The Difference Between Stealth Mode and Quiet Mode

A lot of companies still talk about being in stealth mode and aiming for a big hoorah type launch. It doesn’t usually work. Worse still, startups that are in stealth mode rarely talk to customers, prospects, users, partners or anyone else before their big reveal, which means they have little to no validation for what they’re doing. They haven’t given themselves the opportunity to learn anything while they’ve spent months building their “revolutionary” product.

Stealth mode stinks.

You need to find a way of getting to customers, talking to the right people, and validating (or more likely invalidating) what you’re doing. If you go into a dark cave, spend months building something, and then launch, there’s a very good chance no one will care. And that’s incredibly painful.

Quiet mode is different.

I’m working with a couple startups right now that are in quiet mode. They’re actively talking to customers–daily in fact–and collecting tons of feedback. They’re iterating quickly and learning … all in plain sight. But no one, except for their users, cares. No one, except for their users, notices. And that’s perfectly fine. That’s the right way to “launch” without being in stealth mode.

You don’t need to get on a rooftop and shout your name out loud. You don’t need press. You don’t need community buzz. Unfortunately this is what so many early stage companies go after, and worse they use the buzz as validation that they’re onto something and prematurely attempt to scale without any supportive data or proof that they should. Or they go in the complete opposite direction into stealth mode and speak to absolutely no one, including customers and users, which is a recipe for painful, gut-wrenching failure.

I like quiet mode. Go directly to your customers, as often as you possibly can. Build tight, fast feedback cycles. Learn, learn and learn some more. Adjust your plans and get the traction and proof you need before “launching” officially to the rest of the world. By the time the rest of the world takes notice (and you want them to) you’re cruising. That’s quiet mode. Strategic, lean and focused.

One caveat to this is for recruiting. I’ve argued before that you need to make a lot of noise and build a recruiting magnet if you want to attract people. The press and community buzz can help with this, but very early on, it’s probably not worth the effort. Network, build relationships, and speak with people about what you’re doing in one-on-one sessions. But stay focused. Don’t get into the hype machine for the sake of recruiting and then get caught up in it for everything else. Quiet mode means being strategic about how you recruit. In stealth mode, when you choose not to speak to anyone whatsoever, you have no chance (unless you’re already extremely well connected.)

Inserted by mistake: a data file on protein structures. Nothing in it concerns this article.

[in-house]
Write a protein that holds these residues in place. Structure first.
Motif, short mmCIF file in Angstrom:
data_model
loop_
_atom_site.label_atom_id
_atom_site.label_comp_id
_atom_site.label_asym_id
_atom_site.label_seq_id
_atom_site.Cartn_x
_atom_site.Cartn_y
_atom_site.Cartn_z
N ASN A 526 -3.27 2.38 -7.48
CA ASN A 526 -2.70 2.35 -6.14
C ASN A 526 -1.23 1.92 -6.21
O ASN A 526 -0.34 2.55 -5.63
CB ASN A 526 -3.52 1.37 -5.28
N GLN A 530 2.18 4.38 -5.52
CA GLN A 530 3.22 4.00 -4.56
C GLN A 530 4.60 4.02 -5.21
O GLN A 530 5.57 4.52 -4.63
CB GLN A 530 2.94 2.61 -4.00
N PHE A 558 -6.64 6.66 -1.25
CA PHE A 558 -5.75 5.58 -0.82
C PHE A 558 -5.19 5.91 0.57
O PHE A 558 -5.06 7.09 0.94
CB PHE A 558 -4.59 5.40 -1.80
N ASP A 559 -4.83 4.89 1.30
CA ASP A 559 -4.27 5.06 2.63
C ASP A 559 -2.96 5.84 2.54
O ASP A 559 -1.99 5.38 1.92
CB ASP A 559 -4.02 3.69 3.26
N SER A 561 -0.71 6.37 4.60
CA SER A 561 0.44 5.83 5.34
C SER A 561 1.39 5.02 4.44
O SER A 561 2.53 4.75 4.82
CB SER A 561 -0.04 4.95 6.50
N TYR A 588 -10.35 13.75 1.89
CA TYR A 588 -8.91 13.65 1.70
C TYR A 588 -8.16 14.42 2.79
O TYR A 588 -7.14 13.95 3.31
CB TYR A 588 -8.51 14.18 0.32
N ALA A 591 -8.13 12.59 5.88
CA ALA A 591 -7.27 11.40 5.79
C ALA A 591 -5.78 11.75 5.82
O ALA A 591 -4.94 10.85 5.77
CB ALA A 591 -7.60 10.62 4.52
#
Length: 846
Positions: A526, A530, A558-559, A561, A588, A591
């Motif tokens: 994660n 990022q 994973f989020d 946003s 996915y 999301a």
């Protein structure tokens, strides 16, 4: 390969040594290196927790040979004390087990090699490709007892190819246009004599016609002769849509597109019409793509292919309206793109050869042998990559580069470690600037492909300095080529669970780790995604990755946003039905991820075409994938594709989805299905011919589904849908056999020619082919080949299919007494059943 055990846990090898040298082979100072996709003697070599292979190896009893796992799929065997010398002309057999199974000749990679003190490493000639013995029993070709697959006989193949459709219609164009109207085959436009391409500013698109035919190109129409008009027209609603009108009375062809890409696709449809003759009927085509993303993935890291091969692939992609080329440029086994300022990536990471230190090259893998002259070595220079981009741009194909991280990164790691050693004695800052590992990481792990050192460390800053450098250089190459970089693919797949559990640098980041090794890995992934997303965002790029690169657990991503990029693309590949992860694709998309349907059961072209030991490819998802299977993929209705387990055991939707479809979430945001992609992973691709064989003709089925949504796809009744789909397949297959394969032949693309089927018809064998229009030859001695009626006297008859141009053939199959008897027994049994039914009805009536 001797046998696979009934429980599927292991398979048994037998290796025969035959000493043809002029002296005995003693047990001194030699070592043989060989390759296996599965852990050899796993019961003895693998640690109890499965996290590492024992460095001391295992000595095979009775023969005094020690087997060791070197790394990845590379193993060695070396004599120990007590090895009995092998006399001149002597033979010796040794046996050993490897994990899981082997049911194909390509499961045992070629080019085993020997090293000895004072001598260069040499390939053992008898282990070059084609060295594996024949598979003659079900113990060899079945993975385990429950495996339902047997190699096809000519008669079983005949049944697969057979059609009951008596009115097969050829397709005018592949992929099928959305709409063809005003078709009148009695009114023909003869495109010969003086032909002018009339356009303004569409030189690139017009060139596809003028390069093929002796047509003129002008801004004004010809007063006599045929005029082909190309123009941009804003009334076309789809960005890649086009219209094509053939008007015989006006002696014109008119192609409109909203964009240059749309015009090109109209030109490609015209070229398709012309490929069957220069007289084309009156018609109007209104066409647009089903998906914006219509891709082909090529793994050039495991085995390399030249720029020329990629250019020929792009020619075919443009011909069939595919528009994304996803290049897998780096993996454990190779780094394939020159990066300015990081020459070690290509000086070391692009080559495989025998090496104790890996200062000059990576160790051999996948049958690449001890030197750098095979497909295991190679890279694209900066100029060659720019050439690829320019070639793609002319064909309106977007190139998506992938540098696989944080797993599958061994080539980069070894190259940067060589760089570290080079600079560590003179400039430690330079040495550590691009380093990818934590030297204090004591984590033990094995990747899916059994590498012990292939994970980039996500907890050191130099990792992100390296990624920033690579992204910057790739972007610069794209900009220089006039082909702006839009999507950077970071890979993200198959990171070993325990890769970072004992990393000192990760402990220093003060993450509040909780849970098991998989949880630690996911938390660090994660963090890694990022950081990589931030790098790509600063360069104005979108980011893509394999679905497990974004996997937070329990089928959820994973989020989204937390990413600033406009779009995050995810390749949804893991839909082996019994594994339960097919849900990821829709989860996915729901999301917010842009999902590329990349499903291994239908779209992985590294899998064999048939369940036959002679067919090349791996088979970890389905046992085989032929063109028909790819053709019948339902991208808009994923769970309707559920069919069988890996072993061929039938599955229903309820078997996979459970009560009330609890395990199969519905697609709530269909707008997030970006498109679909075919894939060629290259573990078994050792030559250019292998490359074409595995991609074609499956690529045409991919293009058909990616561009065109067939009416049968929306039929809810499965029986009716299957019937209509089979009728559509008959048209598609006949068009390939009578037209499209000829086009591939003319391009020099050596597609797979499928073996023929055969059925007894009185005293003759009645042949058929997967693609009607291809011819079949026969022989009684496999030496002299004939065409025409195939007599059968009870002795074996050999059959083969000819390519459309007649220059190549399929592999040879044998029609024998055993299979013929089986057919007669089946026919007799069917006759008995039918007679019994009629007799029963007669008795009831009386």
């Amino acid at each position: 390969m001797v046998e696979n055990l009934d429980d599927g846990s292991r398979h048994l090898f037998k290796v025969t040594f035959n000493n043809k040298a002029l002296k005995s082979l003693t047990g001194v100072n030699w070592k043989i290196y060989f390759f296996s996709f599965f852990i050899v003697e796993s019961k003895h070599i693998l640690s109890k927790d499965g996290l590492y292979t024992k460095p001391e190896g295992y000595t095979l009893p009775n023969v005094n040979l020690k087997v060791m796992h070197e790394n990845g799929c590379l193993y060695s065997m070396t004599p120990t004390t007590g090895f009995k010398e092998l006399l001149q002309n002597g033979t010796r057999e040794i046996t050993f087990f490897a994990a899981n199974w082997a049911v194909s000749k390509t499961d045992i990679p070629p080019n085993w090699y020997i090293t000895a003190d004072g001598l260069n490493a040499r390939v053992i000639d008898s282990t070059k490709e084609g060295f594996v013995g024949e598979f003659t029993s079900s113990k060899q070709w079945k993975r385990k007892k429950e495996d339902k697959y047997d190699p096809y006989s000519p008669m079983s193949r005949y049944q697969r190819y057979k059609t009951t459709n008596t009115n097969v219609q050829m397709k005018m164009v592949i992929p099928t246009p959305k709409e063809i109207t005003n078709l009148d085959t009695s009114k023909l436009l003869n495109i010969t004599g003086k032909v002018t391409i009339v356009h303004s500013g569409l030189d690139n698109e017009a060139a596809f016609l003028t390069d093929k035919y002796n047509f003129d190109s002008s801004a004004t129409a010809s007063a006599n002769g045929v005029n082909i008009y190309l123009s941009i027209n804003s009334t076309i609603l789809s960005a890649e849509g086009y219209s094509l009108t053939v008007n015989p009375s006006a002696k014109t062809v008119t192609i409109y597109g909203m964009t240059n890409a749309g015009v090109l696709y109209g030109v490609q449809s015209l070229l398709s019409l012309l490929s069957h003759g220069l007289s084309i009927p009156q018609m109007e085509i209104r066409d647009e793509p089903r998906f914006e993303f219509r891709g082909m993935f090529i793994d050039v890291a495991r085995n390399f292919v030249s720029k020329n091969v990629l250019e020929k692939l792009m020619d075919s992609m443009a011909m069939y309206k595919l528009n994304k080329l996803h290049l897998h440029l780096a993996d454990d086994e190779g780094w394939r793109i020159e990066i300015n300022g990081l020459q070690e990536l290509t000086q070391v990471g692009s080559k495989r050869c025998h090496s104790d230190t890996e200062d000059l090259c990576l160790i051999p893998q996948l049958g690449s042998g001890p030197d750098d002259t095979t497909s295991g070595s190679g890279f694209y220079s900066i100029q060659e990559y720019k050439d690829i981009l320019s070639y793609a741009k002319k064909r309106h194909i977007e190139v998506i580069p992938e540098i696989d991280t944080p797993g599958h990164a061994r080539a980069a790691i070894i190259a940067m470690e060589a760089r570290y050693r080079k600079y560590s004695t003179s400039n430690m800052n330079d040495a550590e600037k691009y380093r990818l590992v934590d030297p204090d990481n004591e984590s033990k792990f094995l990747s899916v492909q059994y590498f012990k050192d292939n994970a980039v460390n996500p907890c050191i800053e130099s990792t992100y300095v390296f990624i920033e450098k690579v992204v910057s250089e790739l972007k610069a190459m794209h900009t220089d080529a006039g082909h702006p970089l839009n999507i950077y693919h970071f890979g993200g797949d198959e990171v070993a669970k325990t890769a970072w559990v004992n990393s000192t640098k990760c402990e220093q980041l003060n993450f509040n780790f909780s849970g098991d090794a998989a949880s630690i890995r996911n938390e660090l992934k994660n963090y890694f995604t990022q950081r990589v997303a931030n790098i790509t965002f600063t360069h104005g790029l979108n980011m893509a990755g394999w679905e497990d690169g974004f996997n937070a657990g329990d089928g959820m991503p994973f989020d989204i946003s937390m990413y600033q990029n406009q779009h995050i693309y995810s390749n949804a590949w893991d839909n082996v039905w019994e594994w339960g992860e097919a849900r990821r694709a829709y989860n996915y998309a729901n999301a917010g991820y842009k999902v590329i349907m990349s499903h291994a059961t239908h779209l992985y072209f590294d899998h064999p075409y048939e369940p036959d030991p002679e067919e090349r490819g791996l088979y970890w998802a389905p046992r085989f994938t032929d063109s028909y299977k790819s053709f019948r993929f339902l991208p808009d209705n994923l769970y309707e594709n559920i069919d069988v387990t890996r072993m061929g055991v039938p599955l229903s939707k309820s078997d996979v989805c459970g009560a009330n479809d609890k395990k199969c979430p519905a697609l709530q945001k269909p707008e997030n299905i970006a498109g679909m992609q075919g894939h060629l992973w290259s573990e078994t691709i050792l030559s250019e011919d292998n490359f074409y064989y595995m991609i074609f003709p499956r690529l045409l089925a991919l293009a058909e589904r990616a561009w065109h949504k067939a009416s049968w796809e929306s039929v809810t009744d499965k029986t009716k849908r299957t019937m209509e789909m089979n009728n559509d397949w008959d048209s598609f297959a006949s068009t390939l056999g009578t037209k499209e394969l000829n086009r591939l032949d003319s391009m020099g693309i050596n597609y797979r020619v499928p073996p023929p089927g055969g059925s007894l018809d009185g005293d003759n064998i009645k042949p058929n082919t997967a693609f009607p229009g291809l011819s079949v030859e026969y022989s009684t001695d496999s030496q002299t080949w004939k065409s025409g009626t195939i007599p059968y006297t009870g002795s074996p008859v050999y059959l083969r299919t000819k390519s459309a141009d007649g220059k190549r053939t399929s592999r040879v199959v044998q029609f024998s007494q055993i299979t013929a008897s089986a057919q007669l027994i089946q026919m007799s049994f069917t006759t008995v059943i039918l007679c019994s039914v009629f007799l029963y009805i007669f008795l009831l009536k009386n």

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  • jonathan hegranes

    Love the distinction here… far better to be talking to customers and getting feedback than protecting some *precious* idea.

    And good to see you back with a great post… What have you been up to?

  • Josh Liu

    Ben, great article. You have great experience in enterprise space. In terms of getting into “quiet mode”, how to find visionary buyers so you have people working with you in the “quiet mode”?
    We are thinking of creating some buzz is essential for visionary buyers to “notice” us. Since visionary buyers are rare animals, inbound approach is better than outbound. What is your comment on this? Thanks

  • Benjamin Yoskovitz

    Strange, I thought I replied to this already … I’ve been busy writing Lean Analytics (book), which should be out in March/April 2013. Check it out here:

    It’s consuming most of my writing time / energy, but hopefully will result in lots of great blog content over the next year or so.

  • Benjamin Yoskovitz

    I’m not sure inbound is better for visionary buyers than outbound — if you know who you’re targeting (company, person in the company, etc.) you can do outreach without making a ton of noise (i.e. staying in Quiet Mode.)

    Having said that, there’s no reason you can’t do inbound in Quiet Mode too. If a visionary buyer is out there looking for a solution to a problem they have, and you offer that solution, you should have a site/landing page up to garner their attention. That’s still being done quietly–you’re not attempting to garner *everyone’s* attention, just a very specific audience of people.

  • jonathan hegranes

    Cool… Will keep my eye out for that book!

  • Anuj Agarwal

    perfection is the enemy of revenue and stealth mode is the enemy of product/market fit in startups

  • anshit

    i love stealth mode . . !!

  • jonathanjaeger

    Agreed. The stealth mode idea can be bad, but even worse is when up-and-coming entrepreneurs won’t even pitch you their whole vision because they’re scared you’re going to steal it. In reality, it’s hard enough getting a lot of people to try your product, work with you, or invest in you, let alone finding someone who will drop what they’re doing to go build what you’re doing better than you (and execute better than you).

  • Jillyan Scott

    Ben great insights. Although there are still some companies who prefer stealth mode, I would have to agree that sometimes you get so deep in the “cave” of keeping it stealth that when its finally time to make some noise everybody else just does not hear.

  • Zebedee

    experience working with numerous start-ups over the last 5 plus years reinforced a long held view that customers must be at the heart of any business idea from day one and to do this you must be talking with them from day one. Don’t be afraid to share. The energy shift in business worldwide shows that the culture of collaboration is here to stay and will grow in importance as more business leaders realise it is aligned to the conscious shift that the world has a whole is undergoing.